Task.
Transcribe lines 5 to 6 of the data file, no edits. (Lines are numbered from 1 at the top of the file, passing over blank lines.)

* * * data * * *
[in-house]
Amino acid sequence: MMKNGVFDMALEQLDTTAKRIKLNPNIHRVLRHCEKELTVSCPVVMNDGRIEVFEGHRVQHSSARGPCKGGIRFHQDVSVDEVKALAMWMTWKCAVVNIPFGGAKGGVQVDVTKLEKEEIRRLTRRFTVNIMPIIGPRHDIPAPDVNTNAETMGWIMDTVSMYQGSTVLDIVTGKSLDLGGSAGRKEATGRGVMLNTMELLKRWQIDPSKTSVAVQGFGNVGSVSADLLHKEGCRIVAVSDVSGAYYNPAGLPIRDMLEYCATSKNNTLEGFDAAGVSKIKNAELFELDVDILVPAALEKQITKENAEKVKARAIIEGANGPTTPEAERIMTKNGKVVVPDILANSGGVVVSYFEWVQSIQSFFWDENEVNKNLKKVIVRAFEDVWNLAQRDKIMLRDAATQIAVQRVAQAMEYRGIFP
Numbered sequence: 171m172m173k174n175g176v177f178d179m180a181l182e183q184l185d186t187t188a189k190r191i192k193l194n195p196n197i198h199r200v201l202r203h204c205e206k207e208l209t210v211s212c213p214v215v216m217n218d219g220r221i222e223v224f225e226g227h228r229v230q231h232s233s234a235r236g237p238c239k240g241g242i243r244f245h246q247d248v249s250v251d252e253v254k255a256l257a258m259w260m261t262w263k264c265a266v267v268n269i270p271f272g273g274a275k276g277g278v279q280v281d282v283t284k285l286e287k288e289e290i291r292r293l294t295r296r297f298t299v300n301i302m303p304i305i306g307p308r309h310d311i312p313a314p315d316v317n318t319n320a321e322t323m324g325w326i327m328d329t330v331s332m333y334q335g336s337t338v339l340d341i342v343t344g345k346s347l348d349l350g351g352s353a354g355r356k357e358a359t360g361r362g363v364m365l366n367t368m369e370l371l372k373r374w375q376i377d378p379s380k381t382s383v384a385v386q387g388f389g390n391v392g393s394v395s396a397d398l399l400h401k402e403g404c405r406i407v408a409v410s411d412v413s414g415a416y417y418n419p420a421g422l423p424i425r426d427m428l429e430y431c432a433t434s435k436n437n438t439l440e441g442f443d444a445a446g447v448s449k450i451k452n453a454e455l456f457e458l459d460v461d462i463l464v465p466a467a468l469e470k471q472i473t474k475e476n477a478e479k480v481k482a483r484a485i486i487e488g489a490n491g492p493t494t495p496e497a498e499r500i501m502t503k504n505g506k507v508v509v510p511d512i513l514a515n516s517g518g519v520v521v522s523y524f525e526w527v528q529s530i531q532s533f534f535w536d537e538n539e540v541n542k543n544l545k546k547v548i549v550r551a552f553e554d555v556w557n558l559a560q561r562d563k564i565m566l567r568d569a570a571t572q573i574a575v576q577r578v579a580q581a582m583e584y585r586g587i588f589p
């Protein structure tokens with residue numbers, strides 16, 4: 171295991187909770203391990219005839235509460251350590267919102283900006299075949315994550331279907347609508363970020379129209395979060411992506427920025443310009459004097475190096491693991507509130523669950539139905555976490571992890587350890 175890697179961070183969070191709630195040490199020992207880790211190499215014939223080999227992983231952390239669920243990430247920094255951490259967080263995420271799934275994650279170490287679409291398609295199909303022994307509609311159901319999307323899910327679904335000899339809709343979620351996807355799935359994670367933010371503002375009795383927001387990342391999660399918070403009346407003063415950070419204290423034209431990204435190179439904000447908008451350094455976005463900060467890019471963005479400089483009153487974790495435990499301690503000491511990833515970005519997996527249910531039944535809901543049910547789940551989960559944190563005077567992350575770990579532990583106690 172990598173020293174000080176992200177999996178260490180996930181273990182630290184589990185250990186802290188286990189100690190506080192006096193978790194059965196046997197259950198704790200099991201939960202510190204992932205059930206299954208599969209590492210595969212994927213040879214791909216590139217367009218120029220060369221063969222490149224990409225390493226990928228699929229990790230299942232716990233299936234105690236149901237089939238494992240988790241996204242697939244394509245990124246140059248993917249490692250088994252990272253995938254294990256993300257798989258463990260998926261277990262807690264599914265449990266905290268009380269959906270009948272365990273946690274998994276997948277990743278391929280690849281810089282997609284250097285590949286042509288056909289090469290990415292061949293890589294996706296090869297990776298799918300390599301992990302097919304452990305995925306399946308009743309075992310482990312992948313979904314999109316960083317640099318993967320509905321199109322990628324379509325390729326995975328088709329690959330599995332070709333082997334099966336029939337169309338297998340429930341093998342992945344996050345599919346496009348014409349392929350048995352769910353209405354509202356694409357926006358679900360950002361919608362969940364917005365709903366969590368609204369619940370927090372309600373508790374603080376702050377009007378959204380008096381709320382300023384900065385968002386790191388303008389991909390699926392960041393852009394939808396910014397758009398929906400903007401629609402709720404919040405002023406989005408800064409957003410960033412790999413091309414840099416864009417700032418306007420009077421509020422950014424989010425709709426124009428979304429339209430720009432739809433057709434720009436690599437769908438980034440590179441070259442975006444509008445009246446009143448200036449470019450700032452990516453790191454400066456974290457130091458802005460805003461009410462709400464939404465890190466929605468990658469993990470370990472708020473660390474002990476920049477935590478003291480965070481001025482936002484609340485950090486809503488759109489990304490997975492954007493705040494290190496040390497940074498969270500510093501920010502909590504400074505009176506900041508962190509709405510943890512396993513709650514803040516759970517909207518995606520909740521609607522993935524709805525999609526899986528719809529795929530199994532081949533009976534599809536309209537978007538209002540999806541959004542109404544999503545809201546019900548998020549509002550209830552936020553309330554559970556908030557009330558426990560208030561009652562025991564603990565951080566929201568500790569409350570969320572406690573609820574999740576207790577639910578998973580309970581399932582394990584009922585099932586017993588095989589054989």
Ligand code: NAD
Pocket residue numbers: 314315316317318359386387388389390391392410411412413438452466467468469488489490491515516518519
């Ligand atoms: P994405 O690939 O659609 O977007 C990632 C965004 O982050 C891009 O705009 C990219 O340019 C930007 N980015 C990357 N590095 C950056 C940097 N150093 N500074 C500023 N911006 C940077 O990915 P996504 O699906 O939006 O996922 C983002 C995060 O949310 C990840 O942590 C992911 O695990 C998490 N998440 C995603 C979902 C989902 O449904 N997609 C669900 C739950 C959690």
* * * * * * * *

Ligand code: NAD
Pocket residue numbers: 314315316317318359386387388389390391392410411412413438452466467468469488489490491515516518519